The classic German “Himmel un Ääd” (heaven & earth) gets a modern twist by using sweet potato mash.
For the record:
“Himmel un Ääd” (heaven & earth) is a traditional German dish made from potatoes (“the earth”) & apples (“the heaven”) accompanied by black pudding (resp. blood sausage). Black pudding is a very traditional sausage in Germany (you see: lots of traditions!) & comes in lots of regional manifestations; in this case a rather spicy one is recommended. “Himmel und Ääd” is Rhineland slang, but the dish is well-known in almost all parts of Germany as “Himmel und Erde”.
Now let’s break with the traditional rule & substitute ordinary potatoes by sweet potatoes!
We’ll prepare a dish for 2 (up to 3) people depending on their appetite (or hunger) & facts like just having joined a weight-loss program or not. I think it’s always difficult to determine exactly how “big” or “small” a dish should be because it always depends on yourself & your better half & your guests…
In my 101 I started discussing the problem of defining exact durations for preparing, cooking & baking etc. because reality is far from a culinary training kitchen. I mean: normally I’m multitasking in the kitchen – no news: I’m a woman! – meaning that preparation times & cooking times & baking times of different courses of brunch or dinner get mixed up…
Something similar is true for defining quantities in recipes:
- It depends on the special people joining for breakfast, brunch or dinner.
(This is the point of how much people tend to eat…)
- It depends on the get-together event as a whole.
(This is the point of how many different courses are planned…)
Therefore I always tend to imagine what quantities I’d need to prepare if all guests won’t eat much or & like big dishes: I really try hard to have a touchdown in between! (Pls don’t confuse this issue with distinguishing gourmets from gourmands!)
…and there is another point (compare with my rules (especially #8 & #52):
- I always try to leave no basic leftovers behind me like half-used packages of bacon, some tablespoons of whipping cream, almost empty bottles of lemon juice etc.
- On the other hand: if everything is processed into a dish ready-to-eat & there are leftovers to be quickly reheated it’s fine for me because I can save time & resources next day & next-next day…
(So preparing a little more than necessary is just fine for me!)
Oh, well: I lost my way during this excursion! Let’s go back to sweet potato mash…
The main ingredients are very basic:
- sweet potatoes & milk
- an apple & spring onions & bacon
- an onion
- black pudding.
I start with the sweet potatoes which are normally quite big with a rather thin skin – easy to peel. We cut it into rather large slices to be cooked in salted water.
Once the sweet potatoes are cooking we prepare a mix of diced apple bits, fine chopped spring onion & bacon to be fried in olive oil:
- Don’t forget salt & pepper!
- Don’t overdo it: The spring onions shall be soft, but the apple shall stay firm.
The sweet potatoes are very soft in a rather short time – so they’ll be mashed & pureed (including the hot milk!). Finally the apple-spring onion-bacon mix is added & everything is well mixed. The sweet potato mash is ready for consuming now, but we’ll have to care for the rest – so put it aside & keep it warm for some minutes.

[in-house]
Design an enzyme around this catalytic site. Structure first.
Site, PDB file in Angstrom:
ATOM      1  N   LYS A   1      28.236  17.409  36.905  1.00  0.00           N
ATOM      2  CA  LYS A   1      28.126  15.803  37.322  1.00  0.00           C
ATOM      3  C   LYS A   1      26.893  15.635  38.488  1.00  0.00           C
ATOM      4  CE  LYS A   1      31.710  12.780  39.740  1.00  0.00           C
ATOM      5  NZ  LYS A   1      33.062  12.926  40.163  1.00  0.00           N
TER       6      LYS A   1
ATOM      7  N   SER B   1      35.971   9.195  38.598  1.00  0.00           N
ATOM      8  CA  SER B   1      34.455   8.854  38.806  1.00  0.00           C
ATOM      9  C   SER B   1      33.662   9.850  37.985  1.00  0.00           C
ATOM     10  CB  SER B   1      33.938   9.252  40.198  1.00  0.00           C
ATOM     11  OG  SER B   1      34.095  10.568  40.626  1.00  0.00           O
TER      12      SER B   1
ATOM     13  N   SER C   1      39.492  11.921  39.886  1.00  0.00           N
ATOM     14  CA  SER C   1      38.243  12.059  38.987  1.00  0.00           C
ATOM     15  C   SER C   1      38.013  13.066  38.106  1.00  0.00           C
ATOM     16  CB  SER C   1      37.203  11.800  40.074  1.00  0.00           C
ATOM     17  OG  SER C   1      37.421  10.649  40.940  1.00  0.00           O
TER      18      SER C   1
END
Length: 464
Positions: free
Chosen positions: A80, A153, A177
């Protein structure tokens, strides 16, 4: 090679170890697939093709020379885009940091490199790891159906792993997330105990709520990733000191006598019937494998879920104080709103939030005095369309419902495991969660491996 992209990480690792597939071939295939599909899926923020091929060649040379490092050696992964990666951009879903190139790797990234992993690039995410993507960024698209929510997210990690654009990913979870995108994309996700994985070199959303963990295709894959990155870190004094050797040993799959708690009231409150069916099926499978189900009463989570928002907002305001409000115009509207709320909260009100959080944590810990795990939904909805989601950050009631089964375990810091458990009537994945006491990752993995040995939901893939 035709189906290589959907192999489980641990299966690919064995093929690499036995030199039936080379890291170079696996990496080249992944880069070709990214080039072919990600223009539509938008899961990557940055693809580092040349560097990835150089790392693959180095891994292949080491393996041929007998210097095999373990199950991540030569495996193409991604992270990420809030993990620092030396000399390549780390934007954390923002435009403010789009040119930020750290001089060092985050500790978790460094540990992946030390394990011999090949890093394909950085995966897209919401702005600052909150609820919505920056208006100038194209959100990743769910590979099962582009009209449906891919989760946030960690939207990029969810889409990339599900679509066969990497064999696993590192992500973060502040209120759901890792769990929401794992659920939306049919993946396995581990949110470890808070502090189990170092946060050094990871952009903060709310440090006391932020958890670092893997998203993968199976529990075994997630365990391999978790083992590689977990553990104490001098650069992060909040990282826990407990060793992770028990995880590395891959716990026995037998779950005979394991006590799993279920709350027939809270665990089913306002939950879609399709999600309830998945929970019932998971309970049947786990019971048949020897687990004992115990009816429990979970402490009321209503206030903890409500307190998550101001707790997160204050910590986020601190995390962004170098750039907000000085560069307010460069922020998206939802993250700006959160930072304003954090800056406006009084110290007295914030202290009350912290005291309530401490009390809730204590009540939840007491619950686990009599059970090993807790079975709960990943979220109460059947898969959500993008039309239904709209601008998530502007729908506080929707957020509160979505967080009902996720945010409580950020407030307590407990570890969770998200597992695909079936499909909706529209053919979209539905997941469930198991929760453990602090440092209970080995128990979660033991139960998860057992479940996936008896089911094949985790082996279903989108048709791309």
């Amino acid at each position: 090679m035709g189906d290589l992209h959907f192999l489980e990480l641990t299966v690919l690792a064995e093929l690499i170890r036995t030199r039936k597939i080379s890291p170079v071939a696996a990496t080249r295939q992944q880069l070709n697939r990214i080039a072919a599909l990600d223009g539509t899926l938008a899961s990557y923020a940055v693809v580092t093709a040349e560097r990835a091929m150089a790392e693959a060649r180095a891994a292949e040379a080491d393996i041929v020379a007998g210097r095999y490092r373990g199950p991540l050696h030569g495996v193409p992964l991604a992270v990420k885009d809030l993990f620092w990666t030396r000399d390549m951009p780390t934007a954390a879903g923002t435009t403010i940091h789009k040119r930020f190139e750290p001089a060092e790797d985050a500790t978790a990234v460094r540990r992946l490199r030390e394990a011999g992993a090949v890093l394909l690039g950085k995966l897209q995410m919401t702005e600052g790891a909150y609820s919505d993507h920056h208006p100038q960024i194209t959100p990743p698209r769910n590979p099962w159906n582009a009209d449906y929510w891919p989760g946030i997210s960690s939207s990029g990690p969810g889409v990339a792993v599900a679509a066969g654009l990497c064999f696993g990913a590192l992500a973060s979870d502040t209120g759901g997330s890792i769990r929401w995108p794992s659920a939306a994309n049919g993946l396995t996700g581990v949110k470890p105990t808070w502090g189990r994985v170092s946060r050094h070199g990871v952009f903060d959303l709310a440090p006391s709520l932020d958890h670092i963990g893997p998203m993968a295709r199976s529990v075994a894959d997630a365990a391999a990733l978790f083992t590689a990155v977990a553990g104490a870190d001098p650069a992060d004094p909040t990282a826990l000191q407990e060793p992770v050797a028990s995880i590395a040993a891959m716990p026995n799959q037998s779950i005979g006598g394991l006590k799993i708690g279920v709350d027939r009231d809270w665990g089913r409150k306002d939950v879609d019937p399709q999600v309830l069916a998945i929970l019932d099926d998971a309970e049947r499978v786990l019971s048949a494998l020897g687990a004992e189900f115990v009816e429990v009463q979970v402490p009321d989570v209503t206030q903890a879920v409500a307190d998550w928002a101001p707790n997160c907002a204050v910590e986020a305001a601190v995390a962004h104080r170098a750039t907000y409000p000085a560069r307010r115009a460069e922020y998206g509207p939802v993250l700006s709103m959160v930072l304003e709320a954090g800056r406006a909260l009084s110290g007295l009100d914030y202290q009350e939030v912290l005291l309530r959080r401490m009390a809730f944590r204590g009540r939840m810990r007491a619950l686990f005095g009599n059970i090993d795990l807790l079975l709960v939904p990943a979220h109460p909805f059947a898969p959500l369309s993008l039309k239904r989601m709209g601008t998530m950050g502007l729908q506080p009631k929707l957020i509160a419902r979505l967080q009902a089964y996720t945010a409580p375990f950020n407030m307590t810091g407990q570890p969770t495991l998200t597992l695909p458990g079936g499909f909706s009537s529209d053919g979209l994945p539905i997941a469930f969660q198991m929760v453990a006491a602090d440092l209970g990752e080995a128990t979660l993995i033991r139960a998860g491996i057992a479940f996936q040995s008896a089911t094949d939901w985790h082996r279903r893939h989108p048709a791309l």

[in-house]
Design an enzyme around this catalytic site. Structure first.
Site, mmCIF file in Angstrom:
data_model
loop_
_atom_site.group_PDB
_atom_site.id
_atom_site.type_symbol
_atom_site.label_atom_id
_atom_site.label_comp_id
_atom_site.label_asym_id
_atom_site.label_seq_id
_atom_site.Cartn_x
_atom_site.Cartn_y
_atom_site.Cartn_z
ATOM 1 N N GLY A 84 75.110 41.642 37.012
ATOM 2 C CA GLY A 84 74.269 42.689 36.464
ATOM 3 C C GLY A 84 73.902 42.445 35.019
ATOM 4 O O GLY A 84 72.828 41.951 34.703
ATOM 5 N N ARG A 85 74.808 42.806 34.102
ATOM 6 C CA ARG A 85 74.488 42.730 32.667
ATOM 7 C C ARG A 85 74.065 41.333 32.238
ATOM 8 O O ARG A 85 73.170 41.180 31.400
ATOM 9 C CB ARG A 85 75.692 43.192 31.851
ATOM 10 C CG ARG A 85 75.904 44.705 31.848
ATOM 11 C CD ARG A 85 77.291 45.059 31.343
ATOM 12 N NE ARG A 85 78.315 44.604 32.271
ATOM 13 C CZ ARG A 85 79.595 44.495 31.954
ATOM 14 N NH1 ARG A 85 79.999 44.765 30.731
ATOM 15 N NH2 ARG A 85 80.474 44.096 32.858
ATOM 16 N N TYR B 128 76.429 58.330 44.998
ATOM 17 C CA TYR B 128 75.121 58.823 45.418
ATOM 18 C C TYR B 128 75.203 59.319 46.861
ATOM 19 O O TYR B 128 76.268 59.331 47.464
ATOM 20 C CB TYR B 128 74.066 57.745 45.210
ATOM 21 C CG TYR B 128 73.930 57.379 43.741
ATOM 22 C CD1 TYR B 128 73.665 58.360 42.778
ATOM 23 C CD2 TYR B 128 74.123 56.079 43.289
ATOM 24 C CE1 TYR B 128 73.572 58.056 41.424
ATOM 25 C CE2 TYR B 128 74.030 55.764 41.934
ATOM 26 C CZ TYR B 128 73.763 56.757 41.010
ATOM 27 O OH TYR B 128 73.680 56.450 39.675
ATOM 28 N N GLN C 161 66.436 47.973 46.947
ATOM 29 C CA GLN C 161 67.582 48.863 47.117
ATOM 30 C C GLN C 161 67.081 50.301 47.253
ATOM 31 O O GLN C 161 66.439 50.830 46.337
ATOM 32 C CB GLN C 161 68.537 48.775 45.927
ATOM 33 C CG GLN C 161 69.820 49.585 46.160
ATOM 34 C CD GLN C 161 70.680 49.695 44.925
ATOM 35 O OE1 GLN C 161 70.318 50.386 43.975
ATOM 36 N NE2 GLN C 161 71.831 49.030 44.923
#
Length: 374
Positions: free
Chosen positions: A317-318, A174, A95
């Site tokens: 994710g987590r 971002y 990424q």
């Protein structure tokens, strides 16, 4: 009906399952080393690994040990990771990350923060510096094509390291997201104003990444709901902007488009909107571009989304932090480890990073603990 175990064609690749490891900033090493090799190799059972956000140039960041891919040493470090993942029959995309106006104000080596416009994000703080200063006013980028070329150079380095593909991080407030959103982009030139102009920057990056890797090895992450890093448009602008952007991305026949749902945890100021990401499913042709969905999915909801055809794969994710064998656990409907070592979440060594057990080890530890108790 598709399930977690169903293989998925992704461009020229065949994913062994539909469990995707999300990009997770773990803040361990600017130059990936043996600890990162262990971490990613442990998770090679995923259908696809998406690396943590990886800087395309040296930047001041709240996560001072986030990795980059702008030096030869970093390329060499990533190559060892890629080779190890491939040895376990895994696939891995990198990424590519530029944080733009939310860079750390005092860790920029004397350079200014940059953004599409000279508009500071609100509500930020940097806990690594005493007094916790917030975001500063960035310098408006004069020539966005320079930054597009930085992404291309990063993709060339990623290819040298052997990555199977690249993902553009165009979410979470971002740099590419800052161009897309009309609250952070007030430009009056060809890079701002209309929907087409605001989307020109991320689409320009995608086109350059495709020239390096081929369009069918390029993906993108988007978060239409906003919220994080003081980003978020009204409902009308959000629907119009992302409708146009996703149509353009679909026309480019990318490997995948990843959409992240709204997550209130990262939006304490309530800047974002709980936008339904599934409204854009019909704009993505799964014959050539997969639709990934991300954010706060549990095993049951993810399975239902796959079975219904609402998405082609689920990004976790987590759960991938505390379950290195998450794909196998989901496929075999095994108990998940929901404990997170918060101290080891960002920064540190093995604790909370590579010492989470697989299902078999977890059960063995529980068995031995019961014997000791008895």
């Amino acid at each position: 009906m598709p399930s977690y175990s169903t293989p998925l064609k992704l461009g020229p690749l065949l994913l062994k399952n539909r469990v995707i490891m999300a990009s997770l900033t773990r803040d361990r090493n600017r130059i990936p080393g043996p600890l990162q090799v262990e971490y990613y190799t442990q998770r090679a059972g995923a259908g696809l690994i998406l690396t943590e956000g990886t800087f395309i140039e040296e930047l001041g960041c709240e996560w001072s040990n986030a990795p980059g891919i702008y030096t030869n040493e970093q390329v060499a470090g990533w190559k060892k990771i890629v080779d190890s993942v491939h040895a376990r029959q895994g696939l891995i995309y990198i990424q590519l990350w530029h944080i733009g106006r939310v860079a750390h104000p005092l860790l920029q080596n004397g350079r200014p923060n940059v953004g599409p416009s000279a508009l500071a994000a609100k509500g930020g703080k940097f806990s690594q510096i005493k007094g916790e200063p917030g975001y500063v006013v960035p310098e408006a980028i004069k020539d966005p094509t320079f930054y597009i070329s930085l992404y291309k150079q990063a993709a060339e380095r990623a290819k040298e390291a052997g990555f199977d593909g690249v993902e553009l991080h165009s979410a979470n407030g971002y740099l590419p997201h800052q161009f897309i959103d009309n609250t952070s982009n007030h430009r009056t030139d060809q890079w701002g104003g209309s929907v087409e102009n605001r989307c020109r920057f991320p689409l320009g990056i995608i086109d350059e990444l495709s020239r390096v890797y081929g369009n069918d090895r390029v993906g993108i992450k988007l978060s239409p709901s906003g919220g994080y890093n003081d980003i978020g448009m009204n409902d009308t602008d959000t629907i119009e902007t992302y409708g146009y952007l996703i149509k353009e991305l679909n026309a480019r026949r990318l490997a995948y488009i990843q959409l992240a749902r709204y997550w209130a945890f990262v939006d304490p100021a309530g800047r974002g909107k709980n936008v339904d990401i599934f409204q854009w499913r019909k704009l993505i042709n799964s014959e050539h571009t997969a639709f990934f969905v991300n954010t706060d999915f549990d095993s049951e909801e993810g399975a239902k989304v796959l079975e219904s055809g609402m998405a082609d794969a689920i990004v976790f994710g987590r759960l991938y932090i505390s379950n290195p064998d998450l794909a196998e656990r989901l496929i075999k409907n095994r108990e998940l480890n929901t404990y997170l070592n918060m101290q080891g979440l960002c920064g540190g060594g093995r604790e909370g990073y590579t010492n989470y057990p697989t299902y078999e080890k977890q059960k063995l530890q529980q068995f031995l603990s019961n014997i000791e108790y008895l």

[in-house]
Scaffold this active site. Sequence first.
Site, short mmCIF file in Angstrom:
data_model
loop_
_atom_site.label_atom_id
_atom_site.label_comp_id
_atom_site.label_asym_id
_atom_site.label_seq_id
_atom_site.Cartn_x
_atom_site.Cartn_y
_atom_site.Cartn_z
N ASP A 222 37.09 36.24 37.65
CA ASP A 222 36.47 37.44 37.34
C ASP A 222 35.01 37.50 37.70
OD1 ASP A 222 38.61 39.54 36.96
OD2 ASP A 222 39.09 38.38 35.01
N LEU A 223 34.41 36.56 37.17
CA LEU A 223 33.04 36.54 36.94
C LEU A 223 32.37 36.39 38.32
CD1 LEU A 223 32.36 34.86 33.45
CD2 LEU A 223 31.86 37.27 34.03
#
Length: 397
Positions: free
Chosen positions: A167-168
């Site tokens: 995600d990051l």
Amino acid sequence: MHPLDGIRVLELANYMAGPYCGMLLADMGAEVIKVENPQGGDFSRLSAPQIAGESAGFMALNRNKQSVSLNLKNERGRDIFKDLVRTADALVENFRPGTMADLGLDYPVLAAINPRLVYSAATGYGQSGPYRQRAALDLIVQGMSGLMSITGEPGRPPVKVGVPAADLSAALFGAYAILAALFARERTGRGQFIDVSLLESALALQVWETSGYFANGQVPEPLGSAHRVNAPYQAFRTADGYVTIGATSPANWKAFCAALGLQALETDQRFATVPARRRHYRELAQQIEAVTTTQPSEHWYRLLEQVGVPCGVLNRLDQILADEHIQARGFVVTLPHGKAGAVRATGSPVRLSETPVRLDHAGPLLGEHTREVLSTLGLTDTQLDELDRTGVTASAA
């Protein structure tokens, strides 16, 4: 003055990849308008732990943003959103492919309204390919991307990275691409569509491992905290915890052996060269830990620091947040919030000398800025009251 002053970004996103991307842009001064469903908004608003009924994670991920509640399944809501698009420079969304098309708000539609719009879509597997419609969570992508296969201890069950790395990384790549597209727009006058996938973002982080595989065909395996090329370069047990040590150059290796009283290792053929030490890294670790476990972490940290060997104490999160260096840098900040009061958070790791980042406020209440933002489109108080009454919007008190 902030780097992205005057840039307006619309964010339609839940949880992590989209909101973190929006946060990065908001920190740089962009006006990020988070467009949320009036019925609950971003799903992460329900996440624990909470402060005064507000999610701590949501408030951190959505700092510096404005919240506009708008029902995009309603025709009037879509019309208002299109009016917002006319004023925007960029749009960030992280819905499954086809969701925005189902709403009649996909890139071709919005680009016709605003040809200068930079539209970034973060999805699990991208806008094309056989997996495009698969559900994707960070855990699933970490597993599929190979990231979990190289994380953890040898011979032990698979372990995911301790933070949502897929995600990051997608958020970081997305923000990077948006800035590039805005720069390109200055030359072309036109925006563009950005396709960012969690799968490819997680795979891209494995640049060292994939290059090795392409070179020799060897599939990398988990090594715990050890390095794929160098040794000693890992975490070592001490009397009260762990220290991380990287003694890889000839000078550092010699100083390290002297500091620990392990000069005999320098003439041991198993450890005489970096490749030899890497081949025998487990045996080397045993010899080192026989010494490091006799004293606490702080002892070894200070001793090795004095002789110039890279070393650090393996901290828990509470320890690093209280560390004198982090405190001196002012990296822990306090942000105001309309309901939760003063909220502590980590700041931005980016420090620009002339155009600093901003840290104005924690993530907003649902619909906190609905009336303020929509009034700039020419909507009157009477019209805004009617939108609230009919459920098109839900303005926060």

I start with a piece of black pudding peeling & discarding the skin. The black pudding is cut into slices of about 1 cm. Along to the black pudding we prepare a Spanish onion by slicing it into rings as thin as possible.
We start frying the onion rings in olive oil with salt & pepper. If they are rather soft we add the black pudding slices.
Attention: Black pudding is very soft! You only need 2-3 min on each side to heat it up & create some crispy surface. If you fry it too long the black pudding will melt away!
Finally we’re touching the finish line:
- a bowl with sweet potato mash
- a pan with fried onion rings & black pudding.
Next action point is arranging everything on a plate.
(I added the peeled apple skin only for decoration – to get some nice color focus!)
…and here’s the recipe:
“Himmel un Ääd” is slightly transformed: we use sweet potatoes instead of potatoes, we mix the apple into the sweet potato mash instead frying apple slices separately. The overall flavor combines sweetness & slight sourness with the soft sharpness of the onion rings & the bacon’s salty hint on the spicy background of black pudding. (When re-reading this description I started thinking if to envision a career in wine testing & reviewing – I’m always overwhelmed when reading wine connoisseur’s articles in the press!)
Sweet potatoes are harder than potatoes & rather dry & you need more muscle to cut them: nevertheless they soften much faster than potatoes. This is true for boiling as well as frying or baking. Sweet potatoes are sweetish & need to be spiced: apples, onions & bacon as well as salt & pepper fit very well.
The businesswoman with too many office hours thinks
Is this really a dish for me? Well – sometimes I remember childhood delights… I don’t think I’ll ever present this to any guests – except the sweet potato mash which sounds simply delicious!